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Review: 'The Woman in the Fifth' is murky, unsatisfying

June 22, 2012|By Gary Goldstein
  • A scene from "Woman in the Fifth."
A scene from "Woman in the Fifth." (ATO Pictures )

Too many questions and not enough answers haunt the slow-going mystery "The Woman in the Fifth,"a thankless lead vehicle for Ethan Hawke who's left largely stranded by writer-director Pawel Pawlikowski's opaque adaptation of Douglas Kennedy's novel.

Hawke stars as American writer Tom Ricks, a one-book wonder who arrives in Paris to reunite with his ex-wife, Nathalie (Delphine Chuillot), and their small daughter, Chloé (Julie Papillon). But complications instantly pile up: Nathalie blocks Tom from seeing Chloé, his money and belongings are stolen, Tom's dumpy hotel room comes complete with sinister proprietor (Samir Guesmi) and maniac neighbor (Mamadou Minté), plus he receives a death threat at the spooky, ill-explained security job he takes on.

On the upside — maybe — is the older, enigmatic Margit (Kristin Scott Thomas), the titular "woman" from Paris' fifth arrondissement, who gives Tom a hot bath and some good lovin' but, not surprisingly, may not be what she seems.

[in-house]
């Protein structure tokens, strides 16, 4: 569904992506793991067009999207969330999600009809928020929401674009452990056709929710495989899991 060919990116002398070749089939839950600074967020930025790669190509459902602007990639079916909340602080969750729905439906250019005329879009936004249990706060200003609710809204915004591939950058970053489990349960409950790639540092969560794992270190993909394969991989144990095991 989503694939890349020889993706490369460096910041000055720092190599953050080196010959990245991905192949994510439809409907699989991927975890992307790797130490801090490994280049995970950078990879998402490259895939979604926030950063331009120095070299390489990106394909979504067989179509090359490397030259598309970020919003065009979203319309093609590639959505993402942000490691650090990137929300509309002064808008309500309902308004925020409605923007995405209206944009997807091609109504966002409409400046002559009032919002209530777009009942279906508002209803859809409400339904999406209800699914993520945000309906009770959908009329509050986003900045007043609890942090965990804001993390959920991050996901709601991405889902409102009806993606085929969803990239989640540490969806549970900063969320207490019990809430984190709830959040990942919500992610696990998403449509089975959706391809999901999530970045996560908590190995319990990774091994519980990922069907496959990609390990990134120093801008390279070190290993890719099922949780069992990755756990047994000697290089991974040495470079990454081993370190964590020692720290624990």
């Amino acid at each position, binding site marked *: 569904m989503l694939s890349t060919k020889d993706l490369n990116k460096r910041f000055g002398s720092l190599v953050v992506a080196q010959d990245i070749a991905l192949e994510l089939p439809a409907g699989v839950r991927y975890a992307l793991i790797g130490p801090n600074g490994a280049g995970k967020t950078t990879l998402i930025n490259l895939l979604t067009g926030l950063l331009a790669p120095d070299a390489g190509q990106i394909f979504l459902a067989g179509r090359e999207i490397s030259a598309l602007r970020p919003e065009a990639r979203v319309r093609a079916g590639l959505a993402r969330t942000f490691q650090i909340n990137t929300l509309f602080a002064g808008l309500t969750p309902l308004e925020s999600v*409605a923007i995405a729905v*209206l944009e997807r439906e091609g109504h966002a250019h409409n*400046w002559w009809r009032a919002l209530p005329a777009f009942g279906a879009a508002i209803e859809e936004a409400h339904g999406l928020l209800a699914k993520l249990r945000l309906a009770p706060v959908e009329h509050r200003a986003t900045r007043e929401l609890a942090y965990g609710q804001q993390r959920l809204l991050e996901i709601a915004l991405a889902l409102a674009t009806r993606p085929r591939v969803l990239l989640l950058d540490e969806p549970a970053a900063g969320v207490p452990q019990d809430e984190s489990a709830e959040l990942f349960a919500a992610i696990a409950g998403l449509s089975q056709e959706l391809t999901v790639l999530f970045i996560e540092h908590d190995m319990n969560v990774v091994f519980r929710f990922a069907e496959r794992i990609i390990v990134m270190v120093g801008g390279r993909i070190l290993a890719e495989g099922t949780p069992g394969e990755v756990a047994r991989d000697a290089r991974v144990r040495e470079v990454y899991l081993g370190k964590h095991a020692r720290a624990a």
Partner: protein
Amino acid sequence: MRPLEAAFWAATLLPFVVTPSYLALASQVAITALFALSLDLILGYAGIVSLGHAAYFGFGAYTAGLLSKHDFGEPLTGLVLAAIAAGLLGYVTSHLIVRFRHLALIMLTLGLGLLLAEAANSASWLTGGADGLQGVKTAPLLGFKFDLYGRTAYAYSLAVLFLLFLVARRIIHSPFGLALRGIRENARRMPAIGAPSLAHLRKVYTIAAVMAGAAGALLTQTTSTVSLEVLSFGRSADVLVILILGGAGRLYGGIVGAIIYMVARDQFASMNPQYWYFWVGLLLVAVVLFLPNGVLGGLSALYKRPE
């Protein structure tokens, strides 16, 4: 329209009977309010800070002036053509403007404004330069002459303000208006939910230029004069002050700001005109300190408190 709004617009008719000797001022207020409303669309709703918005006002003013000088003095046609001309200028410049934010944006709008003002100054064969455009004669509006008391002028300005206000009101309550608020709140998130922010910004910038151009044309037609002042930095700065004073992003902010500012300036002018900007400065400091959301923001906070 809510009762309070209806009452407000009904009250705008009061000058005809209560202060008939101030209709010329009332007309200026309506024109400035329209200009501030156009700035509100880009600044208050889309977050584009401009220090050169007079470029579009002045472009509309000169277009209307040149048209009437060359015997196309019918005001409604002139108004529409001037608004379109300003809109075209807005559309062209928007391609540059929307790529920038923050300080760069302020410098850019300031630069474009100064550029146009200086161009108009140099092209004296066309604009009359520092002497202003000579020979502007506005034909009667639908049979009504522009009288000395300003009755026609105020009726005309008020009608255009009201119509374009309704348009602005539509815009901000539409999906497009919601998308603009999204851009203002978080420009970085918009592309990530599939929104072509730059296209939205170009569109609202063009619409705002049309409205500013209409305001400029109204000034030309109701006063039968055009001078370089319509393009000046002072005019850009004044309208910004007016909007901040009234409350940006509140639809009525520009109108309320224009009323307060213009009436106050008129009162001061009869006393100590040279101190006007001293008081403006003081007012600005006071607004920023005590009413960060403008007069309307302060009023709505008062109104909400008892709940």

By the time Tom says, "I feel like the real me is somewhere else," we've pretty much caught on to the film's dreamlike vibe, and it's open season on logic and clarity, especially regarding Tom's actual past and present.

The film looks swell, however, thanks to Ryszard Lenczewski's beautiful compositions, which help divert attention from the rest of this unsatisfying puzzle.

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"The Woman in the Fifth." MPAA rating: R for some sexual content, language and violent images; in English and French with English subtitles. Running time: 1 hour, 23 minutes. At Laemmle's Music Hall 3, Beverly Hills.

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